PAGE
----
From the Coordinator: The Church at the Center

One of our core values at Mission to the World is the Church. We love the Church because Jesus loves the Church. The Church is the bride of Christ. Therefore all the various ministries that we are engaged in at Mission to World ask the question, “How do these ministries grow the Church, revitalize the Church, plant churches?” In other words, the Church is at the center.

Does this mean that we are not concerned about matters of justice and mercy? Of course not. Part of the Great Commission mandate is “teaching them (our disciples) to observe all that I (Jesus) have commanded you,” (Matt. 28:20). Jesus has some pretty clear teachings on how we are to care for the hungry, thirsty, strangers, sick, and prisoners (Matt. 25:31–46). But this work of mercy is never divorced from our identity as the body of Christ, nor the proclamation of good news of the kingdom.

So often, we treat these callings as if they were either in opposition to one another or completely separate activities, as if we have to choose between planting and revitalizing churches and engaging in acts of mercy and justice as they reflect God’s love—but that’s simply not so.

All across the globe, MTW missionaries are living out the Great Commission. Their callings and ministries are diverse, yet the Church is at the center of each one.

In Greece, a mature church, driven by a holistic view of the gospel, ministers to the physical needs of the community around it. In remote villages around the world, missionary physicians use their God-given abilities and the wonders of science to pave the way for the family of faith. In Colombia, a searching student finds connection and community in a church Bible study in the midst of a bustling metropolis. In Zimbabwe, a fledgling Christian community in a remote African village meets under a tree and learns the hope of grace.

We, the Church, are to serve as signposts in the fog, pointing toward what will be. As followers of Jesus, we declare to the world: “Jesus has risen. Death is defeated. Something new has begun. Repent and believe.” But then—and this is our enormous privilege—we get to be part of that “something new” here and now. When we heal the sick, befriend the lonely, make God-glorifying art and music, seek economic and racial justice in our communities, we can point forward toward the ultimate redemption of the cosmos and say—this is but a taste of what will come.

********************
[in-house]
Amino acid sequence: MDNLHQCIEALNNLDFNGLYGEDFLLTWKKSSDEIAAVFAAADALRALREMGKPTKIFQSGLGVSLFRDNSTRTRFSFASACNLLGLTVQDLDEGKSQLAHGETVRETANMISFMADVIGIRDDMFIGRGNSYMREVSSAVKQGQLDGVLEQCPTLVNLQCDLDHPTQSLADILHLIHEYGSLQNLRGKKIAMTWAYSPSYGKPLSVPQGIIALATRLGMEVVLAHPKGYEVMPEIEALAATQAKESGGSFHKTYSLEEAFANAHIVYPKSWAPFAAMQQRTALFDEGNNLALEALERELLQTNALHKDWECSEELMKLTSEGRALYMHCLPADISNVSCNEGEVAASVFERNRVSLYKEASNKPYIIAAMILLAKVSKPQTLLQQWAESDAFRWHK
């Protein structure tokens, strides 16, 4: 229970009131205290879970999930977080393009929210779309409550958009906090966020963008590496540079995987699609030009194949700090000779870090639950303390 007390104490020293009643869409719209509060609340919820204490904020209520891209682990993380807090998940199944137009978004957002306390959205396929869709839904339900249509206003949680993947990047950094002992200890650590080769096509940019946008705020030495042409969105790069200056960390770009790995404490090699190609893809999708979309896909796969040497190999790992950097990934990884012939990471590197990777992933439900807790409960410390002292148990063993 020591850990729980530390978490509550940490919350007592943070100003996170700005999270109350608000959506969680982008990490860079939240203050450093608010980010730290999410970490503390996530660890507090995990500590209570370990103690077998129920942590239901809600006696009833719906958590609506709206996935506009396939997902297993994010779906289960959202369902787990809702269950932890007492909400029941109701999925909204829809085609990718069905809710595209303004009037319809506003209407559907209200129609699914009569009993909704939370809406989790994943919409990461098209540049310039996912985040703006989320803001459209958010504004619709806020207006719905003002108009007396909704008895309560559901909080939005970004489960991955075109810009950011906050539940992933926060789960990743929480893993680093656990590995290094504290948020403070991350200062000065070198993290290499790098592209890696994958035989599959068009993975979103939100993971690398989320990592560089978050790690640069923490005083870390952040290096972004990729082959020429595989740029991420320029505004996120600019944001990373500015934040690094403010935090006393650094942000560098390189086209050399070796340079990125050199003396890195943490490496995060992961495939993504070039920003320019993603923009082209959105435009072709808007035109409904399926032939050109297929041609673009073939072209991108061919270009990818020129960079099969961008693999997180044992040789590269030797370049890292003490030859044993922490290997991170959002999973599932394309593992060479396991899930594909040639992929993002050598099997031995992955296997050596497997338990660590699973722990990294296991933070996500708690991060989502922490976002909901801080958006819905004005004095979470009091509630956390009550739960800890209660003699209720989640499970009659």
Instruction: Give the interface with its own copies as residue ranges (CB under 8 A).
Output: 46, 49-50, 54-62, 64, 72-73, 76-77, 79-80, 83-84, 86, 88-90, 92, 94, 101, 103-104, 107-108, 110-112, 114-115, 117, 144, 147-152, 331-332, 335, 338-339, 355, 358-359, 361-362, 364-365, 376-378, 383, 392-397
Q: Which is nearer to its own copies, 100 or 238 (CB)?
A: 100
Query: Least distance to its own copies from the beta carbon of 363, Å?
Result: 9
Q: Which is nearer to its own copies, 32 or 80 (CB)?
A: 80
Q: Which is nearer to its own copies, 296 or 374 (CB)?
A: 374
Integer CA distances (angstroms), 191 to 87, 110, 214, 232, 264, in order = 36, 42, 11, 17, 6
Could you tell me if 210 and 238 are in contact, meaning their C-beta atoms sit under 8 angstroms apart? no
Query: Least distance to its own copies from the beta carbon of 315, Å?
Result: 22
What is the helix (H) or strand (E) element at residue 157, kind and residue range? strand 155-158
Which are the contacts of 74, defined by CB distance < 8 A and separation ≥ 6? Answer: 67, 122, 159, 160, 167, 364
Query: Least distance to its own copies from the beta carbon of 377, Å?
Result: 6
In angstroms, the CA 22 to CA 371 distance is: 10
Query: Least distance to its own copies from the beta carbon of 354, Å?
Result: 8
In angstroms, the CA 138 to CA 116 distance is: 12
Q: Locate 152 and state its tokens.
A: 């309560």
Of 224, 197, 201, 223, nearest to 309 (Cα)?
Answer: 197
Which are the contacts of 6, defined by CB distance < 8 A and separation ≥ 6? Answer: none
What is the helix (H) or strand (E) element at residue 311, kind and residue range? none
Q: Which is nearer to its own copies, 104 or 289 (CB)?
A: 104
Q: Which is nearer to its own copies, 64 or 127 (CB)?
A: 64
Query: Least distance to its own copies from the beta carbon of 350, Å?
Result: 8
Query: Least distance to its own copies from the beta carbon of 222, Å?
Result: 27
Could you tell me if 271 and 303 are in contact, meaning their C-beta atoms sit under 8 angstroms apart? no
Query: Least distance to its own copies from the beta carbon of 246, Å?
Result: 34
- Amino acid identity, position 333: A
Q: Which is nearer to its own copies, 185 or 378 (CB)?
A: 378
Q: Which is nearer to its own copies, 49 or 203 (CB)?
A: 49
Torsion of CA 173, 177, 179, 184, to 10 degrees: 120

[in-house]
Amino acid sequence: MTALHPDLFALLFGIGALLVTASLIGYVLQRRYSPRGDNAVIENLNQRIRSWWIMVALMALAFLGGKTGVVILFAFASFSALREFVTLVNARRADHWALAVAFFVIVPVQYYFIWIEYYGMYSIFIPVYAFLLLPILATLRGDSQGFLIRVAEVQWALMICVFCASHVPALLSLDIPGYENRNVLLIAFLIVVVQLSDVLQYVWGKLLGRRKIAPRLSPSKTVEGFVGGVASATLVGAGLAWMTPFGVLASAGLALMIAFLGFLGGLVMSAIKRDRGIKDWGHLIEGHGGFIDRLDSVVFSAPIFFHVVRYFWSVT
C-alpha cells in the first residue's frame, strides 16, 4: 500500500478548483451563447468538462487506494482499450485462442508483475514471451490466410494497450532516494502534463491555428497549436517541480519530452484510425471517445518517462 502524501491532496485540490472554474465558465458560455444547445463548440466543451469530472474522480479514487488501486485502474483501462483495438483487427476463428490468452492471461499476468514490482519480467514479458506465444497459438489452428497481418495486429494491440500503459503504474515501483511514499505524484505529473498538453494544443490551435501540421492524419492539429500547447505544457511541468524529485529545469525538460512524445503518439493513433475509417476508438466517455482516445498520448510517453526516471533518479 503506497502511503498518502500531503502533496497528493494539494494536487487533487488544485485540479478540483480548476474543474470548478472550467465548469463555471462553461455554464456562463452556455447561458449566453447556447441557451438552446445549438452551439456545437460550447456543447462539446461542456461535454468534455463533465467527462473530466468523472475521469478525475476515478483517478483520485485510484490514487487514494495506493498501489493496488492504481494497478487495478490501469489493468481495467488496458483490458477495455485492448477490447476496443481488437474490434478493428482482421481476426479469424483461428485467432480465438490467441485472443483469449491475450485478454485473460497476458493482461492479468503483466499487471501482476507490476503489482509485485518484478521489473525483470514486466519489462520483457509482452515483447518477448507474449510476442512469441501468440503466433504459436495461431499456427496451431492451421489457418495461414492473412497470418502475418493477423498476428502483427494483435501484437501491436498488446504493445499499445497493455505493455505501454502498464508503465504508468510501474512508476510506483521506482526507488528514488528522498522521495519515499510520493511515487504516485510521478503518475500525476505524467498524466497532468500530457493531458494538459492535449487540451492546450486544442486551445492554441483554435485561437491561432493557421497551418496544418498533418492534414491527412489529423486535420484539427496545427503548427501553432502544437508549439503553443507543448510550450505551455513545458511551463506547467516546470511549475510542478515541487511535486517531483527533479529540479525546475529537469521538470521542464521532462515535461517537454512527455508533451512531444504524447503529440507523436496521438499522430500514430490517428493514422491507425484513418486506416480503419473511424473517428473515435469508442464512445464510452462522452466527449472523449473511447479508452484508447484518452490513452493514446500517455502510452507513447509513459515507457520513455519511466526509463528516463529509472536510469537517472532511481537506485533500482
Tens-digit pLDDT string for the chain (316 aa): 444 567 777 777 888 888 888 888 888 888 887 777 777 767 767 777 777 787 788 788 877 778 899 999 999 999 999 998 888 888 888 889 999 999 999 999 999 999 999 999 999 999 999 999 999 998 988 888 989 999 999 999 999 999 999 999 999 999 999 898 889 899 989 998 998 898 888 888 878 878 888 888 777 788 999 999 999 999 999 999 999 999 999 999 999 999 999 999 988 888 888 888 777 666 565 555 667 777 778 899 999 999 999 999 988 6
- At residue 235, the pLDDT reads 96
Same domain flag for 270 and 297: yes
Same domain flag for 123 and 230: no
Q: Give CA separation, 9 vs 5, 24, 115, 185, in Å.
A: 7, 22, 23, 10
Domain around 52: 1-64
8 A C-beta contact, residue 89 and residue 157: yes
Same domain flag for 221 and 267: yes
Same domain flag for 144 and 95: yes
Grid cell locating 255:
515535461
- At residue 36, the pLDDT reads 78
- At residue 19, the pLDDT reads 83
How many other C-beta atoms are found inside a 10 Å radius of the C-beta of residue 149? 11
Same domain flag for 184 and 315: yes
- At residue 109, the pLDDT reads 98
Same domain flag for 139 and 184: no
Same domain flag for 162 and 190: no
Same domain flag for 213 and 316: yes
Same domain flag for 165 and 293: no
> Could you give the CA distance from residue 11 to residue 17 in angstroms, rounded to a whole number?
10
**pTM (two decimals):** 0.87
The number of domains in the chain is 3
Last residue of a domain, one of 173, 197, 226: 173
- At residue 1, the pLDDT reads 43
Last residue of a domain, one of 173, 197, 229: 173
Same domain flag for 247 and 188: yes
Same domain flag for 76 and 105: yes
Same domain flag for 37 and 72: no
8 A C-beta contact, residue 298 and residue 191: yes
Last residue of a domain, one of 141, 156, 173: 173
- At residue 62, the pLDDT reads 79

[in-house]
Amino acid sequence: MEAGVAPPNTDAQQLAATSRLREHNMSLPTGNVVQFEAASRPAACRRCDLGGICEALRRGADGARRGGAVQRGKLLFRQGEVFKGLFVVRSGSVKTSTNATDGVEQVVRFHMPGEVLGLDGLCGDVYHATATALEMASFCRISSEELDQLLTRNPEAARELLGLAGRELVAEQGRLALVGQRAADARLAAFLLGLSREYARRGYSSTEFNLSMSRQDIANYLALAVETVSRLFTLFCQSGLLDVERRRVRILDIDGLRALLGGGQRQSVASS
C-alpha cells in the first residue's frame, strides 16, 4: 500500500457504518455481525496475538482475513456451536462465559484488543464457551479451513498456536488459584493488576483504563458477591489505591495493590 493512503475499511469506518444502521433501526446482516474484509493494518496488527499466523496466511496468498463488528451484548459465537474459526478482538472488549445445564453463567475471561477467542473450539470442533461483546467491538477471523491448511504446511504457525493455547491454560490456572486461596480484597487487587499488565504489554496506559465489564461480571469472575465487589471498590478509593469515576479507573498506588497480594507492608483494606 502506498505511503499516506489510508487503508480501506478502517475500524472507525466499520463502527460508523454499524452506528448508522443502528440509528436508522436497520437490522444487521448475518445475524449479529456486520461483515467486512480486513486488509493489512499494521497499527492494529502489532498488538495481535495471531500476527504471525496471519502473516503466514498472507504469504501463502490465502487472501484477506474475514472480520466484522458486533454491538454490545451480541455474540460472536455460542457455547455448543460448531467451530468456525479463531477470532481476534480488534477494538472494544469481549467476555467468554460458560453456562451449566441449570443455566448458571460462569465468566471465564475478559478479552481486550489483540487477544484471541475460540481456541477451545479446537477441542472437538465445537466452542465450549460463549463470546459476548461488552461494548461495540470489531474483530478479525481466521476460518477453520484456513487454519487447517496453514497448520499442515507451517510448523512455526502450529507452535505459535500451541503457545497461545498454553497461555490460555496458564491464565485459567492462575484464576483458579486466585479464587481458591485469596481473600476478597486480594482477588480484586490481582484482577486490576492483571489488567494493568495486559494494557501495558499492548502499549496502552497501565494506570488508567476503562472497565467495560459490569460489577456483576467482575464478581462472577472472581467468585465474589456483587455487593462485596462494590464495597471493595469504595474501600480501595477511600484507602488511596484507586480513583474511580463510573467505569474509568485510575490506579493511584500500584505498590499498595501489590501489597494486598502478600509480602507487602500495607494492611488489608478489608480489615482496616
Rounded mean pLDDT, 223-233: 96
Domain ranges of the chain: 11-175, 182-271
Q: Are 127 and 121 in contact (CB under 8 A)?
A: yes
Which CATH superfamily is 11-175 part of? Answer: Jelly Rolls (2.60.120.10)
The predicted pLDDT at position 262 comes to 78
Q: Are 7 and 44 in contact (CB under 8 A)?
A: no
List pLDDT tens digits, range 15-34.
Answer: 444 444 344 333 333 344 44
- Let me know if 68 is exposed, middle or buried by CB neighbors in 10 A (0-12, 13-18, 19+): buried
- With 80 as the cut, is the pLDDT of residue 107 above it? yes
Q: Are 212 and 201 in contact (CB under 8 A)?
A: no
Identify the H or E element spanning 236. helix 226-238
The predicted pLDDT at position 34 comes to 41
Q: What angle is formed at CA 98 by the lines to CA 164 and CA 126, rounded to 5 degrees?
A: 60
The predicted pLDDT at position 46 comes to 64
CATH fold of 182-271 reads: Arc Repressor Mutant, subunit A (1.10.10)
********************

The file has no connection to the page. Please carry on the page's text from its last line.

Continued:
That’s why a mature church, embracing the fullness of the gospel, does all these things. That’s why we, at MTW, do all these things. Acts of mercy, justice, kindness, and creativity draw people to the church, and they are a natural outworking of the church. Our ministries are not islands—church planting or medical ministry; economic empowerment or Reformed theological education. They overlap, yet the Church is always at the center, and that’s just the way it should be.


Lloyd Kim, Reflection Jul 2, 2019
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Pray for our single missionaries serving internationally in the midst of their unique struggles. 

Pray for missionaries to remain faithful in the mundane and not get caught up in striving to perform for the praise of others. 

Pray for missionaries who are doing valuable work yet have trouble raising support because their work or field is deemed less exciting or less important than other mission work by some in the church. 

Pray for missionaries raising support and for potential donors to grasp the eternal importance of supporting missions.

Pray for missionaries who are experiencing homesickness on the field.

Please pray for God’s protection over new missionaries and our MTW family as we engage in God’s kingdom work.

Pray for current missionaries, future missionaries, sending churches, and donors to be willing to ask the question, "How could God use me?"

Pray for missionaries on the field who struggle with loneliness.

Pray that God would call people to go and reach unreached people groups around the globe. 

Pray for the new believers God is drawing to Himself in Ukraine, and for those returning to faith in the wake of war.


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